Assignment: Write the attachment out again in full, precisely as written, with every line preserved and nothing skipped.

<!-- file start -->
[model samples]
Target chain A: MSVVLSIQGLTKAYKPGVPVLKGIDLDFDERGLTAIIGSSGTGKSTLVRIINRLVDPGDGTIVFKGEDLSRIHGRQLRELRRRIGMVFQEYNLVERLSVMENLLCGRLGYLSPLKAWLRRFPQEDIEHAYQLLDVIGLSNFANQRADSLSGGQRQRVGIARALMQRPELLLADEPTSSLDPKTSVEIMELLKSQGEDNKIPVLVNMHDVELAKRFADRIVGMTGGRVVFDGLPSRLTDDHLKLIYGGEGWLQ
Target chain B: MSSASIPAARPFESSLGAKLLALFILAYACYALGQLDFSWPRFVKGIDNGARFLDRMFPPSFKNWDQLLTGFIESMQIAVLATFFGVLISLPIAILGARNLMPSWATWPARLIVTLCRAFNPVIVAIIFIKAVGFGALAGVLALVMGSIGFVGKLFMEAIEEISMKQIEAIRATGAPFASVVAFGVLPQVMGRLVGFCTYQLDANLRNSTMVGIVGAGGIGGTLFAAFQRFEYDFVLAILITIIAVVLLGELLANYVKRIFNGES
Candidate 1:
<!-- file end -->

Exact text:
[model samples]
Target chain A: MSVVLSIQGLTKAYKPGVPVLKGIDLDFDERGLTAIIGSSGTGKSTLVRIINRLVDPGDGTIVFKGEDLSRIHGRQLRELRRRIGMVFQEYNLVERLSVMENLLCGRLGYLSPLKAWLRRFPQEDIEHAYQLLDVIGLSNFANQRADSLSGGQRQRVGIARALMQRPELLLADEPTSSLDPKTSVEIMELLKSQGEDNKIPVLVNMHDVELAKRFADRIVGMTGGRVVFDGLPSRLTDDHLKLIYGGEGWLQ
Target chain B: MSSASIPAARPFESSLGAKLLALFILAYACYALGQLDFSWPRFVKGIDNGARFLDRMFPPSFKNWDQLLTGFIESMQIAVLATFFGVLISLPIAILGARNLMPSWATWPARLIVTLCRAFNPVIVAIIFIKAVGFGALAGVLALVMGSIGFVGKLFMEAIEEISMKQIEAIRATGAPFASVVAFGVLPQVMGRLVGFCTYQLDANLRNSTMVGIVGAGGIGGTLFAAFQRFEYDFVLAILITIIAVVLLGELLANYVKRIFNGES
Candidate 1: